Deborah Painter (USA)
Tiger’s eye is definitely an unusual semiprecious gem because of a phenomenon called “chatoyancy” seen in only a few minerals and stones. “Chat” is of course the French word for “cat”. The golden bands of polished specimens remind one of a cat’s eye. Chatoyancy refers to the way the distinctive bands of yellow and golden brown within the polished stone refract light as one tilts and moves the stone.
It seems to possess an inner dimension. That inner dimensionality effect is due to the fibres of crocidolite asbestos (a variety of magnesio-riebeckite) locked within the stone (Fig. 1). Magnesio-riebeckite is composed of silicon, iron and sodium. Quartz is composed of silicon and oxygen. Quartz has impregnated the greater portion of crocidolite within Tiger’s eye and only a small percentage is crocidolite asbestos. This is why Tiger’s eye is known as one of the “pseudomorphs”, which is a mineral that transforms partly into a different mineral.
A hydrothermal metamorphic process created the pseudomorph known as Tiger’s eye. In a hydrothermal condition during metamorphism of the bedrock in which crocidolite occurs, the mineral will experience tiny fractures. Quartz grows on the outer surface of the crocidolite. This process repeats itself until the crocidolite is surrounded completely in quartz and imbedded in it as the quartz grows within and adopts the fibrous structure; but the dimensions and supporting structure of the crocidolite remain the same. Blue Tiger’s eye has small quantities of un-oxidized crocidolite asbestos (Figs. 2 and 3).
The golden and red Tiger’s eye demonstrates crocidolite oxidation (Fig. 4). However, the sequence of stages of Tiger’s eye formation is still a subject of lively discussion among geologists.
Tiger’s eye is classified as a quartz chalcedony in the family of quartz compounds, such as jasper and onyx. Tiger’s eye comes in several colours, including reddish brown, golden brown, blue and grey. Some specimens might feature both reddish brown and grey. Tiger’s eye has a vitreous or silky lustre, a hardness of 7 on the Mohs scale of mineral hardness, and a specific gravity of 2.46 to 2.71. It is not fluorescent. It has a conchoidal (shell shaped) or splintery fracture (Fig. 5).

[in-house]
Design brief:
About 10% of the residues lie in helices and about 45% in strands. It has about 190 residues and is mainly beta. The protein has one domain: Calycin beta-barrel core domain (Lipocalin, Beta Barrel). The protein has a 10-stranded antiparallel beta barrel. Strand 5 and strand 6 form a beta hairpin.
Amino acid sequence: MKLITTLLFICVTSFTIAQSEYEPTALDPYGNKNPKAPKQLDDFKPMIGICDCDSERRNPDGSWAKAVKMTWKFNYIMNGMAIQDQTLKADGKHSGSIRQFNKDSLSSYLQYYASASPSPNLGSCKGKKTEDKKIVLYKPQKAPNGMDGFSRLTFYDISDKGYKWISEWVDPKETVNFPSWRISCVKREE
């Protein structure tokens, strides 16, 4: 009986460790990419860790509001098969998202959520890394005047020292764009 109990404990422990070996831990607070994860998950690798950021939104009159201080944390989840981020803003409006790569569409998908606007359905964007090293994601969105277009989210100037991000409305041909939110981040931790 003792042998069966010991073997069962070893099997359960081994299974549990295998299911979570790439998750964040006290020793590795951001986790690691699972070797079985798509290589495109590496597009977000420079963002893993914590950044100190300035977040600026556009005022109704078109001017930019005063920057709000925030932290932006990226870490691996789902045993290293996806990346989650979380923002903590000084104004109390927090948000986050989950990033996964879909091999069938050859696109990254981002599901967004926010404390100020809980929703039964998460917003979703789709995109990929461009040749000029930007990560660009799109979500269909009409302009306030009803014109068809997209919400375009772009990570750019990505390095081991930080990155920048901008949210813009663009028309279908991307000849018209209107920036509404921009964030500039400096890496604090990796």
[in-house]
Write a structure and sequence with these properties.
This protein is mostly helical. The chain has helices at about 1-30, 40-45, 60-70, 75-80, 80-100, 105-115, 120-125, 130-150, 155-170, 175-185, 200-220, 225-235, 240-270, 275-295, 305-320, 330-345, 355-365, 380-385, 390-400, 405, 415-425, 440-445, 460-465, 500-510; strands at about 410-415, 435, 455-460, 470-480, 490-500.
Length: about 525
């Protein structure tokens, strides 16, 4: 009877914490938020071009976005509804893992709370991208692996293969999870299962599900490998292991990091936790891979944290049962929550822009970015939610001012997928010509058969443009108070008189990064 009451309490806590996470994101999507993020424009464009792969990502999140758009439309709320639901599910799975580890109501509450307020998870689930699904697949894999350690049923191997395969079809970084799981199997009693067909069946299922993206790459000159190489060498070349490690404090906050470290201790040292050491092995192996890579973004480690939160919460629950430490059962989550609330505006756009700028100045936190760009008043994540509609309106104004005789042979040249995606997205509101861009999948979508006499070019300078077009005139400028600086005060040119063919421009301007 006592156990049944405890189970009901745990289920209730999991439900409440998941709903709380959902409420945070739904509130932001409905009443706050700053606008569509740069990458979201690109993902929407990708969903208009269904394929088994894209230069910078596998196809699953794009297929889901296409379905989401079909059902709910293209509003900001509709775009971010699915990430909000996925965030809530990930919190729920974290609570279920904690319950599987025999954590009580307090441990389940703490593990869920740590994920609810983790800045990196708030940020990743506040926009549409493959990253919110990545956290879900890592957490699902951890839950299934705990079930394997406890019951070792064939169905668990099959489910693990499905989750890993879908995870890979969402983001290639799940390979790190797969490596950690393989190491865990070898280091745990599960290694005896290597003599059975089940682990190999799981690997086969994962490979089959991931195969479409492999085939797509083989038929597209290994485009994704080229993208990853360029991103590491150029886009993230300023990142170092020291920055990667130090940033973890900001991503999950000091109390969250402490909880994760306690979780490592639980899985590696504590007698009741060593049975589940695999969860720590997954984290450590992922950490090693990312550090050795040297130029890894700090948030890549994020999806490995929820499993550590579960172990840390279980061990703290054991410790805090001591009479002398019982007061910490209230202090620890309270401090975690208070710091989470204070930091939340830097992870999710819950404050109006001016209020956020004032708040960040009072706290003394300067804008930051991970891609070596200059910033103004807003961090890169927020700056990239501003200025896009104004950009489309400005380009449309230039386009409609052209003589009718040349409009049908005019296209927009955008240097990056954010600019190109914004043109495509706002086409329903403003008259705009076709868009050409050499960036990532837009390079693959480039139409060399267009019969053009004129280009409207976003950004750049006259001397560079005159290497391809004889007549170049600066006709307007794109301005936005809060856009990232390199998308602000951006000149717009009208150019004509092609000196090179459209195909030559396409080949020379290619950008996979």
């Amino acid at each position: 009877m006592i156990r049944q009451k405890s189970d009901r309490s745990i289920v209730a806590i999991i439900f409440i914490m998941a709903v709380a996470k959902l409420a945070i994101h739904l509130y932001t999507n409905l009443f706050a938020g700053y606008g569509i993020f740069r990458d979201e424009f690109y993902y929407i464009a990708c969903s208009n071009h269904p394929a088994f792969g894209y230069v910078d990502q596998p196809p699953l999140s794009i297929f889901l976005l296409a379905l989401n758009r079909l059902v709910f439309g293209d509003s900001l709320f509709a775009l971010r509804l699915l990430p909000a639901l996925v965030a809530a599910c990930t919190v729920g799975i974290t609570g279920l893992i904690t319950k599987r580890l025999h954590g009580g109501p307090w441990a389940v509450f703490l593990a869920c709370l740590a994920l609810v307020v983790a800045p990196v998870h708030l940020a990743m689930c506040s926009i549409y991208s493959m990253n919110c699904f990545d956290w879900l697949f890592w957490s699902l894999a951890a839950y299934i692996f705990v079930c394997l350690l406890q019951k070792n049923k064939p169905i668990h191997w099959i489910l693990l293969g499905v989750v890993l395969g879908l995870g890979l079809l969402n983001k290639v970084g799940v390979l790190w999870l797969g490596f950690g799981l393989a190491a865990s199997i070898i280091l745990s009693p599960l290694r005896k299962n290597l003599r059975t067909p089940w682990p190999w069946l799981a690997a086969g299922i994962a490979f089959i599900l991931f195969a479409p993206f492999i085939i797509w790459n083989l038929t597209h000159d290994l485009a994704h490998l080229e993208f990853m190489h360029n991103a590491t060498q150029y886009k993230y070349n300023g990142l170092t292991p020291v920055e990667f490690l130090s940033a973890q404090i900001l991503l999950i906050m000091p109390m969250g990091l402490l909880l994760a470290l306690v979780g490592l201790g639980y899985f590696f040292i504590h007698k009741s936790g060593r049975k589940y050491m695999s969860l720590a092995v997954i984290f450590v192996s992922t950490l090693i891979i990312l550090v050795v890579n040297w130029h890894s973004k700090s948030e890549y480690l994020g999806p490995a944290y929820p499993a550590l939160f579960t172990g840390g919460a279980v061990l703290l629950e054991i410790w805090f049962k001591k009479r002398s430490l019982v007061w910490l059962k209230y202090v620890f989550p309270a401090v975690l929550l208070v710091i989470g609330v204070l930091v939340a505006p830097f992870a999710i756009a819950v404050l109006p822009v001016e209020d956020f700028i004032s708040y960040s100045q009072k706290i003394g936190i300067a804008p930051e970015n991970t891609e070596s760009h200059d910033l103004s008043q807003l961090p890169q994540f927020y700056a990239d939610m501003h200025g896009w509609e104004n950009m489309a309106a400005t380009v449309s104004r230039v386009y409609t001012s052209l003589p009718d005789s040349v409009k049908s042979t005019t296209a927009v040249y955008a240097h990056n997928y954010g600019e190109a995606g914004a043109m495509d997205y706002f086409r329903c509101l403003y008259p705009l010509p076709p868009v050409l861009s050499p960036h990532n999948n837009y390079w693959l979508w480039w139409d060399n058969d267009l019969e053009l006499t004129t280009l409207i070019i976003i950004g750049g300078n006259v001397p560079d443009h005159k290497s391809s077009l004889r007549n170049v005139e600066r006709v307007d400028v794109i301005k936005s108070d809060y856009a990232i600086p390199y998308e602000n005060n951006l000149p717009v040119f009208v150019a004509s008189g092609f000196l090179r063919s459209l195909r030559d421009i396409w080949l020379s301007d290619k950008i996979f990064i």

Tiger’s eye is commercially mined in Brazil, Myanmar, India, China, the United States (California), Australia and South Africa (Fig. 6). Once it was rare and expensive, until a large quantity was discovered in recent decades in Griqualand West, South Africa, the source for the specimen in Figs. 5 and 6. This discovery brought the price down and it is now an affordable stone for jewellery and small decorative items.
It is well known that asbestos is very hazardous to health. Being a variety of asbestos, does this mean that Tiger’s eye is hazardous to wear or touch?
No, Tiger’s eye is not at all hazardous to wear or handle. However, cutting, grinding or polishing it can pose problems when the finer particles are released to the air.
It is not just the fine fibres of crocidolite that make working with Tiger’s eye problematic without proper protection. Quartz is a hazardous mineral in its crystalline dust state. Silica dust is the culprit behind many fatal and near-fatal diseases, including pulmonary fibrosis, emphysema, lung scarring, and increased vulnerability to cancer and to tuberculosis. It usually takes years for serious symptoms like a chronic cough to develop in a person’s respiratory system and, by the time the symptoms have developed, the damage is irreversible.